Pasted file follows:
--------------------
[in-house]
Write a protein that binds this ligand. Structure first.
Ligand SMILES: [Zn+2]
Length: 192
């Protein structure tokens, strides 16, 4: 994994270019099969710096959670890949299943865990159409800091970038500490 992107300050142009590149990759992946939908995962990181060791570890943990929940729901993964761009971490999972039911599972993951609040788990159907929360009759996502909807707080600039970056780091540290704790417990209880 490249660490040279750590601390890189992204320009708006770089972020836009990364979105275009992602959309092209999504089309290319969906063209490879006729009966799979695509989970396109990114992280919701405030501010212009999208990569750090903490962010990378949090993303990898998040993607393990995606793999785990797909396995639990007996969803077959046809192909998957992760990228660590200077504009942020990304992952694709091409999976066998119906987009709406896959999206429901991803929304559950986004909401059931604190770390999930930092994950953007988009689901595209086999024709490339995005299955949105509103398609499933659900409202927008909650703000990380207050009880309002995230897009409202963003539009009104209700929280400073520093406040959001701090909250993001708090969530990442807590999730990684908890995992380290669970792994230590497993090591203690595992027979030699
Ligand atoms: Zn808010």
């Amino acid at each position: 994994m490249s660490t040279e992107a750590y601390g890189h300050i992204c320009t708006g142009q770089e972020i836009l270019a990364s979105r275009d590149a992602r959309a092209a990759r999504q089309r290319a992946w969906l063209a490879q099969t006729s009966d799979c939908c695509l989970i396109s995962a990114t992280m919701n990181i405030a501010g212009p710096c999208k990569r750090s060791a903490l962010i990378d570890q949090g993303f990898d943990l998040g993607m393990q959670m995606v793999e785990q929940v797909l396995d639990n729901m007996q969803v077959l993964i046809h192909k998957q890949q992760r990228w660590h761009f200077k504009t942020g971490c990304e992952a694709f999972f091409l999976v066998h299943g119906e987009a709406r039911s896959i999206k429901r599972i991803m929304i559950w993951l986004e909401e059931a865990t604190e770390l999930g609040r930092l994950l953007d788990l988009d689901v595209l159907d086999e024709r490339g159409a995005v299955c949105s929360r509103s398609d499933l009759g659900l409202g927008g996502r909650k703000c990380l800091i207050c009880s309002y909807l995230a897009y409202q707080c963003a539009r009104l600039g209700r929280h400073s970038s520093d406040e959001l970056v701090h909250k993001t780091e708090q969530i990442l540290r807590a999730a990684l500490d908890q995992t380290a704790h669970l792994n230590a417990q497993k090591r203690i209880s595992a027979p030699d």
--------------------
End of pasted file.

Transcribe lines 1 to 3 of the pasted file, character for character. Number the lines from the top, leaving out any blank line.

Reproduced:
[in-house]
Write a protein that binds this ligand. Structure first.
Ligand SMILES: [Zn+2]